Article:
Note: Writing a book is relatively easy. It’s making it great that’s difficult and time-consuming, and I wish more authors acknowledged that. Editing is gory and messy, and in its own way, wonderful.

So that’s what I’m up to. I have a little less than five hours a day, five days a week, to work. Well… most weeks. With Thanksgiving (hi from Canada!) and several professional whatchamacallum days for the kids’ teachers this month when there’s no school, I’m getting less than that.

And then there are the migraine days when I can’t remember what a fork is called and spend my days and am completely unable to make with the words, but that’s another issue entirely.

The point is, I’m working whenever I can on my shaky part-time schedule. I think, I edit, I rewrite scenes, I face big challenges, and I do what I have to to make this the best story possible.

It’s hard. Really hard. It’s scary for reasons I don’t understand yet, and sometimes it makes me want to build a blanket fort and hide. Possibly with cookies. Definitely with colouring books.

But damned if it this thing isn’t already becoming amazing after just three solid days of work, and I’m excited to see just how great it can be.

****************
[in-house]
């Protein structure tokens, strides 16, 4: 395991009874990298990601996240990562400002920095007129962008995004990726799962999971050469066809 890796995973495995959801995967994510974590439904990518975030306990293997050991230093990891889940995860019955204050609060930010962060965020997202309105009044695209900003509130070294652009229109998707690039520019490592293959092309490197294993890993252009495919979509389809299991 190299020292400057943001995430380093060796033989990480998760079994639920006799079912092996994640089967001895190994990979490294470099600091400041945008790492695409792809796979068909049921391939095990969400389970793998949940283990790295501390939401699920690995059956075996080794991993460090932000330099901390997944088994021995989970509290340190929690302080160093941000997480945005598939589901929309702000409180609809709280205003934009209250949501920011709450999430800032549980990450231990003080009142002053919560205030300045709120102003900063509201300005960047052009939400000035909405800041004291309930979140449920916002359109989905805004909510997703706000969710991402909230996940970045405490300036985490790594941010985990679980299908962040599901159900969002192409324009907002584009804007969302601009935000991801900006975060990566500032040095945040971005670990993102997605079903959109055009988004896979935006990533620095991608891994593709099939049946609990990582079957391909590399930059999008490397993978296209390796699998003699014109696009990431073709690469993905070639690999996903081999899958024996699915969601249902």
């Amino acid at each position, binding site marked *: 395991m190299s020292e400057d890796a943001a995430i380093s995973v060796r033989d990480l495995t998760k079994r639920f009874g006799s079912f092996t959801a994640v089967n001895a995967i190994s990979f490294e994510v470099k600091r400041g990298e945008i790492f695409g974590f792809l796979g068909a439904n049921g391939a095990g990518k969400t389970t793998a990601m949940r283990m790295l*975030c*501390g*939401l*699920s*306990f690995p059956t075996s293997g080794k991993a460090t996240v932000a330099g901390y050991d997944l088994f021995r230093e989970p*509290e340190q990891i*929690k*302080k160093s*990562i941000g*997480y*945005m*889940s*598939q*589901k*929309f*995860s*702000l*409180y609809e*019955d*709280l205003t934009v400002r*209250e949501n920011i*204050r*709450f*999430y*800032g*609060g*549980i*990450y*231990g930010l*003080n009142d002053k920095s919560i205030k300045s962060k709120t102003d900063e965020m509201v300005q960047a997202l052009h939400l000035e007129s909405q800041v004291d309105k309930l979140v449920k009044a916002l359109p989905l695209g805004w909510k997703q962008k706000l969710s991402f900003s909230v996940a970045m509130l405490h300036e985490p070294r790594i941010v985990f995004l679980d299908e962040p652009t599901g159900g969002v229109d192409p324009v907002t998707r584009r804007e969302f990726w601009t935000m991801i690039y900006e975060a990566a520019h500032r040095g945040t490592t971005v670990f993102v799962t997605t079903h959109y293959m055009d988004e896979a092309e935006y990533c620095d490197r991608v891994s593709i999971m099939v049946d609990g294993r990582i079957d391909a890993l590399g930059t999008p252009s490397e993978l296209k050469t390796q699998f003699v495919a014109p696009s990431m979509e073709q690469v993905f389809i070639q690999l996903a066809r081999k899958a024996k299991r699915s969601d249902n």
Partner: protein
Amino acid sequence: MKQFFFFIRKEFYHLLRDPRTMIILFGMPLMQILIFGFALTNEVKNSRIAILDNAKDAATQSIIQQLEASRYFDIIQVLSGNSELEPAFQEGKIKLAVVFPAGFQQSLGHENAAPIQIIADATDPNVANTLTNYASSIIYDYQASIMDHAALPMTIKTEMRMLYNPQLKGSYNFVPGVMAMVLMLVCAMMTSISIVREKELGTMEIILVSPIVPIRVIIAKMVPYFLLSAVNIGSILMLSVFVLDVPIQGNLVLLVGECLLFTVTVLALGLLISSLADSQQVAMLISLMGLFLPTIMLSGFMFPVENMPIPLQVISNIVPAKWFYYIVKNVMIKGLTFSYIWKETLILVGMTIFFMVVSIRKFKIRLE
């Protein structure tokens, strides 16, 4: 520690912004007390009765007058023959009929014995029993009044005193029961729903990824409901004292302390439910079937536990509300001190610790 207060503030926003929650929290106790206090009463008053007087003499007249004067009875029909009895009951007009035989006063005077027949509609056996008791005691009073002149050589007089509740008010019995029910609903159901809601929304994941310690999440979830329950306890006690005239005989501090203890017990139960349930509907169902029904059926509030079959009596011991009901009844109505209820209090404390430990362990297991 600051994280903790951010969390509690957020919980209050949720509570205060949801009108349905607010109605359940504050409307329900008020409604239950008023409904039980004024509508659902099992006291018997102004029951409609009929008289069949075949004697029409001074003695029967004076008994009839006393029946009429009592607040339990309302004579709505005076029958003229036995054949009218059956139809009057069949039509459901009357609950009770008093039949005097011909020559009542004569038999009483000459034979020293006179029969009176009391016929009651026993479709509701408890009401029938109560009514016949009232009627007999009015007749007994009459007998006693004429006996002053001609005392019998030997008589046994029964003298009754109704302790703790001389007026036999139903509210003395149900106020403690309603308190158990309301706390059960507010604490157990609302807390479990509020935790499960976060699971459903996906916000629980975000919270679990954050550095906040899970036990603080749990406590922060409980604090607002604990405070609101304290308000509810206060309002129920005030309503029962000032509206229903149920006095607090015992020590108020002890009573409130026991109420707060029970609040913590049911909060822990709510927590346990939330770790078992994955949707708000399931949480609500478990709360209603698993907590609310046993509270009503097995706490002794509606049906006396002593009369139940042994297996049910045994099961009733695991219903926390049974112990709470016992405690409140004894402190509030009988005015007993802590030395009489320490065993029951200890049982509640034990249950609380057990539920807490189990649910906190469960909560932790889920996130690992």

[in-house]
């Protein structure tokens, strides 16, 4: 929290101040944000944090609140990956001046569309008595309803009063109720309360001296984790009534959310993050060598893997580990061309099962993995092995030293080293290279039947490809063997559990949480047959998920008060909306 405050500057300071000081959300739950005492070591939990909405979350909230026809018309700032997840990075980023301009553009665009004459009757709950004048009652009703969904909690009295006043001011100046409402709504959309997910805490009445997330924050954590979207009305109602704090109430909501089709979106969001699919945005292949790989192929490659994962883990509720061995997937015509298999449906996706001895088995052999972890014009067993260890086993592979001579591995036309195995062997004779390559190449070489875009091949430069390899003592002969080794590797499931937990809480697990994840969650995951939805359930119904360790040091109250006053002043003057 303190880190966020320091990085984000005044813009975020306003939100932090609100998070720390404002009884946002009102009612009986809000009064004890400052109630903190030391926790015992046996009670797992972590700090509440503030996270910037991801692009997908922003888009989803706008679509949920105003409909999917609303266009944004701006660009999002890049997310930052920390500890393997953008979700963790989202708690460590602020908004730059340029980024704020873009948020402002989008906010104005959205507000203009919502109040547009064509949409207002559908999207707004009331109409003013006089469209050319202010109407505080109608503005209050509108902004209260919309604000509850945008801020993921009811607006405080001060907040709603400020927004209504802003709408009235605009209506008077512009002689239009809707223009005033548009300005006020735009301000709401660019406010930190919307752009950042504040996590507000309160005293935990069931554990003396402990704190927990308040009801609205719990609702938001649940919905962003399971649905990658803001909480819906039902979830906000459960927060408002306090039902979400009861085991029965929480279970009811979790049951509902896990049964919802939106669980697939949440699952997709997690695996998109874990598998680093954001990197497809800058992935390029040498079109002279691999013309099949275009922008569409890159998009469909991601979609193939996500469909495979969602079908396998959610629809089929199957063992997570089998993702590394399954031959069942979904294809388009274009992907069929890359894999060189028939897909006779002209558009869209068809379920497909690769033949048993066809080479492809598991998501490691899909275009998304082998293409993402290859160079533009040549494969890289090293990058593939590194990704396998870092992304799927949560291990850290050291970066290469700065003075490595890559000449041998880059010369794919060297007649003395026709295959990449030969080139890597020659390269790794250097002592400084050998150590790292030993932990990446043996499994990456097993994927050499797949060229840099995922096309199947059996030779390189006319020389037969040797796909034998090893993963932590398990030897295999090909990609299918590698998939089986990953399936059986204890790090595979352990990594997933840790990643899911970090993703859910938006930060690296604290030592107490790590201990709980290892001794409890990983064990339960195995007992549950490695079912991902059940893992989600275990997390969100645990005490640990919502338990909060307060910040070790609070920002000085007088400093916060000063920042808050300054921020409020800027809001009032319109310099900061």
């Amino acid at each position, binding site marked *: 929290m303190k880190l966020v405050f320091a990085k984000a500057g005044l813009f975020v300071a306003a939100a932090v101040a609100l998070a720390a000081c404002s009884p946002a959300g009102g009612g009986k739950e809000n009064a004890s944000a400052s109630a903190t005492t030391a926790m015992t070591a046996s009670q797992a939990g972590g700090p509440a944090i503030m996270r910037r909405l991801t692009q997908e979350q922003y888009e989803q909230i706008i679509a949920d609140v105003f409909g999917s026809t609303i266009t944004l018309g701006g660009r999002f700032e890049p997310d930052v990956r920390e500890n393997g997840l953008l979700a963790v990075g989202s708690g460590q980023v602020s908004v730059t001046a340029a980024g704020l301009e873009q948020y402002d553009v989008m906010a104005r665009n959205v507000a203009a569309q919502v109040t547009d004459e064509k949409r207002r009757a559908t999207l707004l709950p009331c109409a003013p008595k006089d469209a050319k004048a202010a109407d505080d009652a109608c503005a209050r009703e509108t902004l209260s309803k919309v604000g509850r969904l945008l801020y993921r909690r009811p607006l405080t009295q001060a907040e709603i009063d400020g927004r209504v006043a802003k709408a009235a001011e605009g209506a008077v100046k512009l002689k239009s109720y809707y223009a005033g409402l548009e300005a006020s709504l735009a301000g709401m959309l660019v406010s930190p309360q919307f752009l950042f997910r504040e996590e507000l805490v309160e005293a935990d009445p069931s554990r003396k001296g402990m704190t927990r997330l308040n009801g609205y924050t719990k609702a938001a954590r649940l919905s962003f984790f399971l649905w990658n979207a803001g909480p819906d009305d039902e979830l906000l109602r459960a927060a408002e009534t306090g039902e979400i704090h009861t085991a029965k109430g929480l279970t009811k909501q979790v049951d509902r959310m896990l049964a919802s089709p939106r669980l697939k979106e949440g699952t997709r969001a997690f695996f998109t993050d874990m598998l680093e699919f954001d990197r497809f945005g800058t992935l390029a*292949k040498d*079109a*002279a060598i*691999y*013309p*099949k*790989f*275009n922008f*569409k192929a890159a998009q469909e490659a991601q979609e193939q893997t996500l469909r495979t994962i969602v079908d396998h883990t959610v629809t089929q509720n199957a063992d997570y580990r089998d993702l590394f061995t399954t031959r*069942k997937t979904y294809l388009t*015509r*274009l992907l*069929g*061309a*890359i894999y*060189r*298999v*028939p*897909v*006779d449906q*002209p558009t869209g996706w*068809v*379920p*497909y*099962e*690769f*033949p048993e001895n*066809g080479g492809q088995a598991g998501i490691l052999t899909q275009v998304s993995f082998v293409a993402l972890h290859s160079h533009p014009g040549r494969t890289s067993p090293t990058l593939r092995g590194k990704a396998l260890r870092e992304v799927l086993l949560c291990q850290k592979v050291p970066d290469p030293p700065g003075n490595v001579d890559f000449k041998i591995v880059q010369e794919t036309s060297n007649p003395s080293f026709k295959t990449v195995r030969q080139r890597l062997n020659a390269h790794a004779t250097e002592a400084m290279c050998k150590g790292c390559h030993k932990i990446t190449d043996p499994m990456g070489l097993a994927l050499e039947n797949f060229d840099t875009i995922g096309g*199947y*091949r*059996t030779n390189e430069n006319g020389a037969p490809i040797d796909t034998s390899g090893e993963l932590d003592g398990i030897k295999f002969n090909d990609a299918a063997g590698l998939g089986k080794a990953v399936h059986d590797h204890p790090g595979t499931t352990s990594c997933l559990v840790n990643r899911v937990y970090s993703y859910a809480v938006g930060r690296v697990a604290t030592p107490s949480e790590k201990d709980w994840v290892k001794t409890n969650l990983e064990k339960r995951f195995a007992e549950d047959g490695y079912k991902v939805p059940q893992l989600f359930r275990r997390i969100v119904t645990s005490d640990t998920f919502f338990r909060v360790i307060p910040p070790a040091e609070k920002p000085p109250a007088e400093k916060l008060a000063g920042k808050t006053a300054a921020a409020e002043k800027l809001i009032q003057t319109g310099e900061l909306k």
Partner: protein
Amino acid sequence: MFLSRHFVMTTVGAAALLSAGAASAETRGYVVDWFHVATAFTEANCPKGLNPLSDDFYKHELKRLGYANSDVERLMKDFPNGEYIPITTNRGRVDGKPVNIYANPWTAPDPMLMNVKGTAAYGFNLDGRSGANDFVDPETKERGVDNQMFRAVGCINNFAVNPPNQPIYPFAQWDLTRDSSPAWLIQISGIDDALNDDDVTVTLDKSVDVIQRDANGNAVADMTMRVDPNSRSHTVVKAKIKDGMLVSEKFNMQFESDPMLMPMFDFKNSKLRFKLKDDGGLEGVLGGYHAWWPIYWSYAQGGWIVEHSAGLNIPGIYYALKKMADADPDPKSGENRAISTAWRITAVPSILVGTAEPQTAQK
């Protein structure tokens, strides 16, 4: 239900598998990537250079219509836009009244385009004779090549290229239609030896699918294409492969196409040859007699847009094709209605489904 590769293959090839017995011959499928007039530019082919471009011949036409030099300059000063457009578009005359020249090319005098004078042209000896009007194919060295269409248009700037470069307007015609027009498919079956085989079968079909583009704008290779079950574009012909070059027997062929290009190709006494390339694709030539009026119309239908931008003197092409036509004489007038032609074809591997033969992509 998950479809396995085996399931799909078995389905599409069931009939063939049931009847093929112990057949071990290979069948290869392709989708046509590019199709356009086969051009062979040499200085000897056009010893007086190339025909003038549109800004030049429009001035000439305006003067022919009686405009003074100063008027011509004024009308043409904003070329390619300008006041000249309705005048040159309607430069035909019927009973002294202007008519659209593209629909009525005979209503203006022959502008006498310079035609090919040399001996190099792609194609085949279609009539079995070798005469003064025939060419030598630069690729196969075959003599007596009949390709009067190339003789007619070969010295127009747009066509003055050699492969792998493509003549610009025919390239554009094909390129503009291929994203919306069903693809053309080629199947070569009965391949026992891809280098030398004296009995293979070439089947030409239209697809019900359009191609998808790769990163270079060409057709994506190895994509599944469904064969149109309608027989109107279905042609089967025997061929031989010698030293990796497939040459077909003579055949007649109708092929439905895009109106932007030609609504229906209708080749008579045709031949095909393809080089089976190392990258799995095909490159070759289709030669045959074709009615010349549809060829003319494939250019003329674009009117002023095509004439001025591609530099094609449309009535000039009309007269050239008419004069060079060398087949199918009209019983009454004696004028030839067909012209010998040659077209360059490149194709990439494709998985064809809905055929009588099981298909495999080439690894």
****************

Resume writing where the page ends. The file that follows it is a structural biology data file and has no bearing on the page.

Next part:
Yes, there’s still a lot to be done. No, I don’t have a release date yet** (but I’m hoping to announce that and have a cover reveal early next month, if anyone with a blog is interested in helping out).

I’m working hard to make sure that this is worth the wait.

I’ll see you soon.

*For any not-at-editing-yet writer types who are wondering: Yes, it hurts. Yes, every critique is a blow to the ego, though I’m learning to reframe things in my mind. And yes, it is absolutely worth it when the work is done and the story is a hundred times better than it was before. I think I’m a good writer, but I know there’s always room for improvement. And oh, do I want to improve. I used to want to hear that my work was perfect. Now I’d be disappointed in any editor who didn’t call me on every whiff of bullshit and challenge me to do everything better. Good enough just isn’t anymore.